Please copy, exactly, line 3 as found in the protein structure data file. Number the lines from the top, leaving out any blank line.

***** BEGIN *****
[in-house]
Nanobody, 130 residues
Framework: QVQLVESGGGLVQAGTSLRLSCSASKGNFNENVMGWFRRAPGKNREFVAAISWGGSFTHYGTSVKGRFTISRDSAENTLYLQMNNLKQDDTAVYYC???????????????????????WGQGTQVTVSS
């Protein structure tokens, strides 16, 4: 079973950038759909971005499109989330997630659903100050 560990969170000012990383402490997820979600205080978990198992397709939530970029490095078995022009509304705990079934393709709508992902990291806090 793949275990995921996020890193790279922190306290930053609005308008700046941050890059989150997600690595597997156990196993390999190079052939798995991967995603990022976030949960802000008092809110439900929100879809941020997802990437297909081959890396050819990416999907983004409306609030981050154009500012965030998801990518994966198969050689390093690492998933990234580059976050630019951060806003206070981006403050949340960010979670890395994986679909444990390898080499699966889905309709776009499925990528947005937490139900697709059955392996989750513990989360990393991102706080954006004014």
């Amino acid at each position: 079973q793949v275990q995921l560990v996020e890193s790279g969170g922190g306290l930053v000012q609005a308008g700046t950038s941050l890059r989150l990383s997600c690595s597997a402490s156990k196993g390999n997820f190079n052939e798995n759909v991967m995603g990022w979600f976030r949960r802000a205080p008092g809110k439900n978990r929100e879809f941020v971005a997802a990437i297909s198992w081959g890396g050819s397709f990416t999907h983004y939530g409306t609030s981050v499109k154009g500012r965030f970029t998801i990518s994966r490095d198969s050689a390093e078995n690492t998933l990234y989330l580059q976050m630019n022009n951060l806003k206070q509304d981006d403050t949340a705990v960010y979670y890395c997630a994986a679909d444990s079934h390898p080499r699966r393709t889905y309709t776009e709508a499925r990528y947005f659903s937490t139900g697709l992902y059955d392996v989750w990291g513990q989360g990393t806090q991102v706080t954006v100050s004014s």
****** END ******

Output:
Framework: QVQLVESGGGLVQAGTSLRLSCSASKGNFNENVMGWFRRAPGKNREFVAAISWGGSFTHYGTSVKGRFTISRDSAENTLYLQMNNLKQDDTAVYYC???????????????????????WGQGTQVTVSS